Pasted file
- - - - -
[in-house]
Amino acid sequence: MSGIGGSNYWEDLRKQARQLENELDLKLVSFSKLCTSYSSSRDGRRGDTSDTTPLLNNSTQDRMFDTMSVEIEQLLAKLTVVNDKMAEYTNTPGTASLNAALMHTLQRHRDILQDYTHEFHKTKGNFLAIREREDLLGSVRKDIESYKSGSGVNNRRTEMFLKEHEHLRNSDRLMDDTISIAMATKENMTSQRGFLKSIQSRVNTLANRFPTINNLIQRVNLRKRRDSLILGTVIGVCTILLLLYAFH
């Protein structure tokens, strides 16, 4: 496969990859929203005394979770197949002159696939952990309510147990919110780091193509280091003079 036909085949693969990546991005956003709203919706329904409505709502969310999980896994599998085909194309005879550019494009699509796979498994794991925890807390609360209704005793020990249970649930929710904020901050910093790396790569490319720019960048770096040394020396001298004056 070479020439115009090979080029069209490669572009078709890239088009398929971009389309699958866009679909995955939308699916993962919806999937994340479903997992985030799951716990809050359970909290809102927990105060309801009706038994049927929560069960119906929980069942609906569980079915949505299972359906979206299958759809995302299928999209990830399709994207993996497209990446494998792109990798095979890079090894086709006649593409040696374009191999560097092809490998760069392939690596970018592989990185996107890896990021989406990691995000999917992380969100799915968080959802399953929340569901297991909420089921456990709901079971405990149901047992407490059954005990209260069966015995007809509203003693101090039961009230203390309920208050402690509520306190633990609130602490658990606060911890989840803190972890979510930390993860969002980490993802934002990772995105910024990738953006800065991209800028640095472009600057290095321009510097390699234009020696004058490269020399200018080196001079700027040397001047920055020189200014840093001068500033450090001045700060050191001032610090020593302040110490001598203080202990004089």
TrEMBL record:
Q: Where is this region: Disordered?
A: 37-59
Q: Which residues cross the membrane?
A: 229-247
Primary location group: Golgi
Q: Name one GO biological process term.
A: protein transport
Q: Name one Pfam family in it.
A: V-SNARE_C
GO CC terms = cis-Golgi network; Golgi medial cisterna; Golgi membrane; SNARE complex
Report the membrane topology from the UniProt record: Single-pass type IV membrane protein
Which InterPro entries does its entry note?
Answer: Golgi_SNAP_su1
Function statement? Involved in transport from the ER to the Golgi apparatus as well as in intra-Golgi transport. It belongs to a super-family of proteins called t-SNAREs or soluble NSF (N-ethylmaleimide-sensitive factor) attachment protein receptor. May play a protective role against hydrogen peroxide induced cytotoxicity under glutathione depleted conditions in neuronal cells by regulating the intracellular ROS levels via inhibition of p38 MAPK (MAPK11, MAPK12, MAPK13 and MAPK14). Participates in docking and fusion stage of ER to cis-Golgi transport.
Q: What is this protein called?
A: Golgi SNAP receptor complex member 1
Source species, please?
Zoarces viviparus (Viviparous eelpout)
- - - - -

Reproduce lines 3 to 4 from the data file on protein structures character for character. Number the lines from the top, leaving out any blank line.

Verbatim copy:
């Protein structure tokens, strides 16, 4: 496969990859929203005394979770197949002159696939952990309510147990919110780091193509280091003079 036909085949693969990546991005956003709203919706329904409505709502969310999980896994599998085909194309005879550019494009699509796979498994794991925890807390609360209704005793020990249970649930929710904020901050910093790396790569490319720019960048770096040394020396001298004056 070479020439115009090979080029069209490669572009078709890239088009398929971009389309699958866009679909995955939308699916993962919806999937994340479903997992985030799951716990809050359970909290809102927990105060309801009706038994049927929560069960119906929980069942609906569980079915949505299972359906979206299958759809995302299928999209990830399709994207993996497209990446494998792109990798095979890079090894086709006649593409040696374009191999560097092809490998760069392939690596970018592989990185996107890896990021989406990691995000999917992380969100799915968080959802399953929340569901297991909420089921456990709901079971405990149901047992407490059954005990209260069966015995007809509203003693101090039961009230203390309920208050402690509520306190633990609130602490658990606060911890989840803190972890979510930390993860969002980490993802934002990772995105910024990738953006800065991209800028640095472009600057290095321009510097390699234009020696004058490269020399200018080196001079700027040397001047920055020189200014840093001068500033450090001045700060050191001032610090020593302040110490001598203080202990004089």
TrEMBL record: